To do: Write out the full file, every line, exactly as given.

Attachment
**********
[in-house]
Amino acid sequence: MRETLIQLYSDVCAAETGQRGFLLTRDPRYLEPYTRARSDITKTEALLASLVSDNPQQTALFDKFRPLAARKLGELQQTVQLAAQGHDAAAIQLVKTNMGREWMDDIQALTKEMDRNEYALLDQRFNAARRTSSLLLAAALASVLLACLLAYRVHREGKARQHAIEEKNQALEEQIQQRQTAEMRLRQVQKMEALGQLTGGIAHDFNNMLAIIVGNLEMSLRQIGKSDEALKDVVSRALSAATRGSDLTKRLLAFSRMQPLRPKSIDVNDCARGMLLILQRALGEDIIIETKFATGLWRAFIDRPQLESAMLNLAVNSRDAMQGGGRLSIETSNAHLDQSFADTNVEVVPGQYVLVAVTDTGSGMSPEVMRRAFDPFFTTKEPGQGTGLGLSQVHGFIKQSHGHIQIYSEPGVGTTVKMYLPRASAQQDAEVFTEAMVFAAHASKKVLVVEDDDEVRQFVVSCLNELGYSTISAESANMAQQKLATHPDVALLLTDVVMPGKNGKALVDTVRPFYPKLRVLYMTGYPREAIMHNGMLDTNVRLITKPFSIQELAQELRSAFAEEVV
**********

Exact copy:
[in-house]
Amino acid sequence: MRETLIQLYSDVCAAETGQRGFLLTRDPRYLEPYTRARSDITKTEALLASLVSDNPQQTALFDKFRPLAARKLGELQQTVQLAAQGHDAAAIQLVKTNMGREWMDDIQALTKEMDRNEYALLDQRFNAARRTSSLLLAAALASVLLACLLAYRVHREGKARQHAIEEKNQALEEQIQQRQTAEMRLRQVQKMEALGQLTGGIAHDFNNMLAIIVGNLEMSLRQIGKSDEALKDVVSRALSAATRGSDLTKRLLAFSRMQPLRPKSIDVNDCARGMLLILQRALGEDIIIETKFATGLWRAFIDRPQLESAMLNLAVNSRDAMQGGGRLSIETSNAHLDQSFADTNVEVVPGQYVLVAVTDTGSGMSPEVMRRAFDPFFTTKEPGQGTGLGLSQVHGFIKQSHGHIQIYSEPGVGTTVKMYLPRASAQQDAEVFTEAMVFAAHASKKVLVVEDDDEVRQFVVSCLNELGYSTISAESANMAQQKLATHPDVALLLTDVVMPGKNGKALVDTVRPFYPKLRVLYMTGYPREAIMHNGMLDTNVRLITKPFSIQELAQELRSAFAEEVV